To learn more about Growing Together’s efforts, listen to Tulsa Public Radio’s interview with its Executive Director, Kirk Wester.
Lee Foundation: A model for grassroots urban pioneering parents
The previous examples in our series are inspiring, but they take higher level involvement and significant financial resources to implement. Let me offer one final example from Tulsa, one that was initially spearheaded by local neighborhood parents at Lee Elementary, a public elementary school in the traditional mixed-use collar neighborhood of Maple Ridge.
In 1997, a small group of parents came together to form the Lee Elementary Foundation, a non-profit with the goal to help augment the school’s resources while enriching the educational experience of the students specifically through capital improvements on the school grounds. Instead of utilizing traditional fundraising methods, which often place the burden of raising (or more likely donating) money on parents of students, the foundation reached out to Lee alumni, philanthropic foundations rooted in Tulsa, and other key members of the Tulsa community in order to raise funds for larger projects. Given the long history of the school (it was started in 1918), the network of alumni and of others with ties to the school was quite extensive. Moreover, like many of the old urban neighborhood schools that still exist in other cities and towns, Lee had a long early (pre-suburban-sprawl) history of being a quality well-attended local neighborhood school, with many former students going on to become successful in life and in business. Reaching out to these alumni and other community members to help Lee once again become a premier neighborhood public school was an insightful strategy that has had great success.
Today, the foundation has grown and is comprised of dedicated parents, teachers, alumni, and community supporters. Some of the projects they have undertaken are:
• Landscape improvements and ongoing ground maintenance. A significant component of this work is streetscape improvements, such as installing sidewalk pavers, street lamps, benches, landscape, and irrigation along the schools urban street edge. These kinds of interventions ultimately increase the safety, comfort, and curb appeal of the school and the neighborhood.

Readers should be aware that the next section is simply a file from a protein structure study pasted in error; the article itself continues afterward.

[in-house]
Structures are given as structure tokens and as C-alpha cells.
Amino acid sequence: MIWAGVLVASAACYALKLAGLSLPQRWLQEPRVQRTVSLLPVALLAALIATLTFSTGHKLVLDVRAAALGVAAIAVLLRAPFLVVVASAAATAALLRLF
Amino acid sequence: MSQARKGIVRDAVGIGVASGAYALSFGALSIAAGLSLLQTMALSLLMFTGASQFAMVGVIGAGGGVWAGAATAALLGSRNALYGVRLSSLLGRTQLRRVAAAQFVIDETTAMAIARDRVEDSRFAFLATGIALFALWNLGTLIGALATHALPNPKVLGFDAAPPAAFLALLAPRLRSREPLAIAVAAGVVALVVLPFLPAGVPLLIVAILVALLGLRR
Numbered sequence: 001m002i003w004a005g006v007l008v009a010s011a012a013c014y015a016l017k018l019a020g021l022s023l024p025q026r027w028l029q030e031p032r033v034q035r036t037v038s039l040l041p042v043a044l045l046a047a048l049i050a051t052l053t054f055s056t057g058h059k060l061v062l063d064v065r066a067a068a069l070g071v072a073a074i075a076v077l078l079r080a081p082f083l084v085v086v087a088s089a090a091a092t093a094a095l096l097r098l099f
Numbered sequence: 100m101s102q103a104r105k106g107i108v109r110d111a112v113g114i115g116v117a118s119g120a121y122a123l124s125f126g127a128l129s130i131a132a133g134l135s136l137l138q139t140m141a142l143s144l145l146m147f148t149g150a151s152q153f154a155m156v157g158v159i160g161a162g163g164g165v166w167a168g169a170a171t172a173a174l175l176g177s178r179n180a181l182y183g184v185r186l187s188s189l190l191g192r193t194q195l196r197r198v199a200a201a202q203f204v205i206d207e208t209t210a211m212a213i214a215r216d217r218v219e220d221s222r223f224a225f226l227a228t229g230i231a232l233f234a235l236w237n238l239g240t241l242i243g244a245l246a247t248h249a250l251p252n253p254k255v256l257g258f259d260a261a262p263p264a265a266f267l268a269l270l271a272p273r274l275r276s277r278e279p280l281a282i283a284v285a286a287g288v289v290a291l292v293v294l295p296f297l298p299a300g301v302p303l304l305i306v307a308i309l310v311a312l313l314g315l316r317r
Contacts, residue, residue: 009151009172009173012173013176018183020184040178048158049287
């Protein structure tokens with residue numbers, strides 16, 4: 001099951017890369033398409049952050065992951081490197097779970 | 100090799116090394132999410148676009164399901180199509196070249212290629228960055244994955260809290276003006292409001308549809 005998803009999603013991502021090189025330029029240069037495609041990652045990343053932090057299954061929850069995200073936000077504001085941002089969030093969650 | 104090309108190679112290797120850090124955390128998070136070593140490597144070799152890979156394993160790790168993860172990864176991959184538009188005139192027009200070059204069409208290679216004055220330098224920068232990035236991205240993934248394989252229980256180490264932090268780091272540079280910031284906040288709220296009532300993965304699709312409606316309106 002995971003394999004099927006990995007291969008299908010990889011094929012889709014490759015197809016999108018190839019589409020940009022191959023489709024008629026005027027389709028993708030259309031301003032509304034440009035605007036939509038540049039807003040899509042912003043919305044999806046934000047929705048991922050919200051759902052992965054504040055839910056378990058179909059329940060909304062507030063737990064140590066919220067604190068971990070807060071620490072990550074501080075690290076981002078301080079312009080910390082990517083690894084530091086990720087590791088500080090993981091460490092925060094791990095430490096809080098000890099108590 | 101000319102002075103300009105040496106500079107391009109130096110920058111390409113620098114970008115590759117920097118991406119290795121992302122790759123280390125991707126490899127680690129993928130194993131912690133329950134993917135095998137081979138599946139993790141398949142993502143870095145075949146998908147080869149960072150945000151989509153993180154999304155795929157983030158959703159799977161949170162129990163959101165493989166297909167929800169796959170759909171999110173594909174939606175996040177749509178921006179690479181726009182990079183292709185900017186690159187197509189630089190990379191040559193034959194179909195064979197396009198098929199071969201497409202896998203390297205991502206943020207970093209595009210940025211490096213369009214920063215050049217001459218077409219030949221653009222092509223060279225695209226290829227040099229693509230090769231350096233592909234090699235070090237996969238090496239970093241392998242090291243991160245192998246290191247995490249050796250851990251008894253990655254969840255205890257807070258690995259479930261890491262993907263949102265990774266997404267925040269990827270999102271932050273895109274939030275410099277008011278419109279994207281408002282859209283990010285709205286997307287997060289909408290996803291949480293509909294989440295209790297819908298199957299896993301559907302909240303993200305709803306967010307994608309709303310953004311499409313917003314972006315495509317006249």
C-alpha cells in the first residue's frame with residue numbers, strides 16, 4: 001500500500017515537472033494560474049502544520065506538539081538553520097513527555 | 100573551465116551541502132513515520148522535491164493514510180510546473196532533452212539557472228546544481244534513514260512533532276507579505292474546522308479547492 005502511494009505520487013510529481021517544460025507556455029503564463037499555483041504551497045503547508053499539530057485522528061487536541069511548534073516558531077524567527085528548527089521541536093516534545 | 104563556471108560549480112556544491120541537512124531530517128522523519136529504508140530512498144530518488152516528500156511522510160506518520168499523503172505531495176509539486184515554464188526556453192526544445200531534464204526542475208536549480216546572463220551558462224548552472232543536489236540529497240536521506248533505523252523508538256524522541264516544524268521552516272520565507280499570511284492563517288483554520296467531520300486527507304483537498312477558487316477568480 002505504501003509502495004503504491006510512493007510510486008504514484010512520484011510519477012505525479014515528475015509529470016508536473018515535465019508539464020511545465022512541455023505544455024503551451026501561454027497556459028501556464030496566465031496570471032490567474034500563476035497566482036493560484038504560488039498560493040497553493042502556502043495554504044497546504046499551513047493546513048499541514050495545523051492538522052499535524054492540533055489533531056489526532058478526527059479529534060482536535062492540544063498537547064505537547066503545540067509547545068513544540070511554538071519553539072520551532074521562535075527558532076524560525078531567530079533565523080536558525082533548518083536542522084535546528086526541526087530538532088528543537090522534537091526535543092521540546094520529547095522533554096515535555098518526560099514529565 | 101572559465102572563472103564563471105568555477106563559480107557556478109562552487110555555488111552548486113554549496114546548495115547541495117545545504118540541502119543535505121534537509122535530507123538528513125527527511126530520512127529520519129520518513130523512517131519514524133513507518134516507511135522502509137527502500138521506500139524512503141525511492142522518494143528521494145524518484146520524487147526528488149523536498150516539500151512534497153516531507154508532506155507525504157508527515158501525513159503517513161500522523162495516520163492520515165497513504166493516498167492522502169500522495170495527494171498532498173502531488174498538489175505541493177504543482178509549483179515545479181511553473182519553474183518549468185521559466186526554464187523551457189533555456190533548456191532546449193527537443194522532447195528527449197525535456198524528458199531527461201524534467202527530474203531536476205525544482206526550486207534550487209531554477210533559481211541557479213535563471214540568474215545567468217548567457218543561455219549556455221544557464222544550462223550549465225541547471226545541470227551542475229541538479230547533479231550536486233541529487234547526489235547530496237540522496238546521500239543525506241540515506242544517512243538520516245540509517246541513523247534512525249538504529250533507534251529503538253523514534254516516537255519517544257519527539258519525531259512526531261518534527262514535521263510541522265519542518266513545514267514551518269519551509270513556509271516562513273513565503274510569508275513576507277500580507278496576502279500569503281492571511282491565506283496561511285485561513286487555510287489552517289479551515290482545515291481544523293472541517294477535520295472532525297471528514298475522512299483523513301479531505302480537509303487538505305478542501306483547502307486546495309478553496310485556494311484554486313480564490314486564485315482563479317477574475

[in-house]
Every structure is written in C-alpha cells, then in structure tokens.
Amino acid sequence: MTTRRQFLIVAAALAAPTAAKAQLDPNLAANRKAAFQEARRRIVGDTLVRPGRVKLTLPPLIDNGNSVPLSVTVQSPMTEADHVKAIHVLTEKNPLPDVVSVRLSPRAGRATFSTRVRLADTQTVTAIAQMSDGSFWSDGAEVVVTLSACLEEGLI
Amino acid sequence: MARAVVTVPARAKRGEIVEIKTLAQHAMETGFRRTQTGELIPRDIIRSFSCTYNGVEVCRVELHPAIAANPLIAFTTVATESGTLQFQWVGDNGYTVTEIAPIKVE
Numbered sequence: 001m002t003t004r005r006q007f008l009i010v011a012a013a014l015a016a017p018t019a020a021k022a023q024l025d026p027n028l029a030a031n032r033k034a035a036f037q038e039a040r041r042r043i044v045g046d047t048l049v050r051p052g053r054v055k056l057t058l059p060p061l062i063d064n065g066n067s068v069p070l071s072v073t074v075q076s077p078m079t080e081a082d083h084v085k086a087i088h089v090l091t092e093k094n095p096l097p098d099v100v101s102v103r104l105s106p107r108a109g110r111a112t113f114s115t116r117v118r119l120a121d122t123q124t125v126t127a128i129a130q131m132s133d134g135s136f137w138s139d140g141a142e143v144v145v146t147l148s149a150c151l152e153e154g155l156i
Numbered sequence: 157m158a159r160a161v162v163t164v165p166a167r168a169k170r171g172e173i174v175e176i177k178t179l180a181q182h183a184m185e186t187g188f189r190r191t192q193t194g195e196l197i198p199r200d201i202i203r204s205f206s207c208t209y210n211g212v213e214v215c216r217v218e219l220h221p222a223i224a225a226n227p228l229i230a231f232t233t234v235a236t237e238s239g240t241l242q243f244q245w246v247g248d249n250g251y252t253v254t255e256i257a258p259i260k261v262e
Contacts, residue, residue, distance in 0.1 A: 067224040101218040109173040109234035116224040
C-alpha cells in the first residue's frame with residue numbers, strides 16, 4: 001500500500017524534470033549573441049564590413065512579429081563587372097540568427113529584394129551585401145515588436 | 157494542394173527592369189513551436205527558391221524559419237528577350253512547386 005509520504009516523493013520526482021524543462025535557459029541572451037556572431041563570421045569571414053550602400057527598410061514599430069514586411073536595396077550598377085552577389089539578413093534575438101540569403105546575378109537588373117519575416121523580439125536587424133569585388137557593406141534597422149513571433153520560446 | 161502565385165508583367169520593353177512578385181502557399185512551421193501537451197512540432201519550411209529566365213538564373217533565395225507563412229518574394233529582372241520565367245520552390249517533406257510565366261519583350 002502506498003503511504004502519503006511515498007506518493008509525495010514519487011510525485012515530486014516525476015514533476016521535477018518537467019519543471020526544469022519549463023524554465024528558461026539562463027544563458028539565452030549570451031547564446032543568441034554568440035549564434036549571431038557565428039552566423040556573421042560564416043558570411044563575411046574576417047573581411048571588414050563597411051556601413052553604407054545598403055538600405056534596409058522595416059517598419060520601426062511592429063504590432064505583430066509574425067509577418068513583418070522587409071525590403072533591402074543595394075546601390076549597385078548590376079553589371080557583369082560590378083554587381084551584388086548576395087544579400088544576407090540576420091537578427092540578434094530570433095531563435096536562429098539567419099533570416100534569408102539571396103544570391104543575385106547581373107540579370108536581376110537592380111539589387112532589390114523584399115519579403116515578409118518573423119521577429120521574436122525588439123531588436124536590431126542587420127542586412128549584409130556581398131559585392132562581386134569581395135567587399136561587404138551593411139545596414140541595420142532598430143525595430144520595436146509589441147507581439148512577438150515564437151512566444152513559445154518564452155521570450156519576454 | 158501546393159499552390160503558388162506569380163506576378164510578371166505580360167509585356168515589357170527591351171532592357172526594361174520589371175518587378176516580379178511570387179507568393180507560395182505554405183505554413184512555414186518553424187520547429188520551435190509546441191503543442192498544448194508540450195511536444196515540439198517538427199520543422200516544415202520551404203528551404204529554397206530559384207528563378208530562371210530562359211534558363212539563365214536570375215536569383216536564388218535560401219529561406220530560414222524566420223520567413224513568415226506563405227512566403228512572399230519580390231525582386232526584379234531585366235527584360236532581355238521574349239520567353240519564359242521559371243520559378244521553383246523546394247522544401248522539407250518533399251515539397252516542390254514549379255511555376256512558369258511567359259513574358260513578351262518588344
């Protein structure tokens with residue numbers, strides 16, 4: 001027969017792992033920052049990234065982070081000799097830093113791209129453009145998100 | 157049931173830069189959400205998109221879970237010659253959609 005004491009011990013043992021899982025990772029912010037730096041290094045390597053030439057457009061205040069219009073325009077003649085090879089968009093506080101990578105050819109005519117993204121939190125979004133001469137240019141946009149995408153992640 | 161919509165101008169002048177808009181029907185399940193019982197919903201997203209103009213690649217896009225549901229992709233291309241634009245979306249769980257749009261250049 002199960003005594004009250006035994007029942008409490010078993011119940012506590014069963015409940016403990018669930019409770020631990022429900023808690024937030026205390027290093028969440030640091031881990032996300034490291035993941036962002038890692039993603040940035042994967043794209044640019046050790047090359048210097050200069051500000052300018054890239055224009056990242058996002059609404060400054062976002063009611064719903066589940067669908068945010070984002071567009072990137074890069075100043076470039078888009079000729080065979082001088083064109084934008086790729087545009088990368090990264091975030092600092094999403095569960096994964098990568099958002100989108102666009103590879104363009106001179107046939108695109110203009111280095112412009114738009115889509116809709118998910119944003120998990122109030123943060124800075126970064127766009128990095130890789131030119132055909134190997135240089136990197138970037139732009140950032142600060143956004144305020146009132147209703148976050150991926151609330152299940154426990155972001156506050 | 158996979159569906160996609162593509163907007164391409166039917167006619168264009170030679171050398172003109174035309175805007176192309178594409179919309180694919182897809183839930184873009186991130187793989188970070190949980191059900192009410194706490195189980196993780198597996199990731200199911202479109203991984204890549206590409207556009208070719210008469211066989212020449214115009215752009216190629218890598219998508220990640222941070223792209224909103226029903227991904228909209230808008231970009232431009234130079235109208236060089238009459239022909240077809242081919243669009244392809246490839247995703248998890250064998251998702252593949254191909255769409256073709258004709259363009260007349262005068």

• An Outdoor Discovery Classroom. This innovative educational amenity is a part of the school’s playground area and includes a children’s forest, a prairie classroom, and a science education classroom with a STEM-based water feature. It is an attractive asset for the school, which is also open and available to the entire community and which has raised the profile and desirability of the school among prospective parents and families.
• Fundraising partnerships with local neighborhood businesses. An example of this creative endeavor is “School Grounds” – a special line of locally roasted coffee produced by DoubleShot Coffee Company, a local coffee shop and craft roaster in the neighborhood. The proceeds from the purchase of this special roast go towards supporting both Lee Elementary and the small schools of San Isidro, Colombia, where the beans are grown. Furthermore, cups of this coffee are also sold by parents in front of the school on certain mornings throughout the week, providing parents a way to informally gather and build community when dropping their kids off at school. Ultimately, partnerships like these are mutually beneficial to both parties. For the school, it means an increase in funding, advertising, and community building opportunities. For the local business, it means an increase in sales, advertising, and property value.
All of the examples profiled provide insight into strategies for making quality and diverse urban neighborhood schools at various scales of involvement. A key component to each is pioneering parents who are willing to be actively engaged and who can articulate to other members of the community why they too have a stake in a neighborhood school’s success. Given the future market demands and the socio-economic issues that our society currently faces, working toward making walkable, mixed-use, family-friendly, urban neighborhoods is in everyone’s best interest.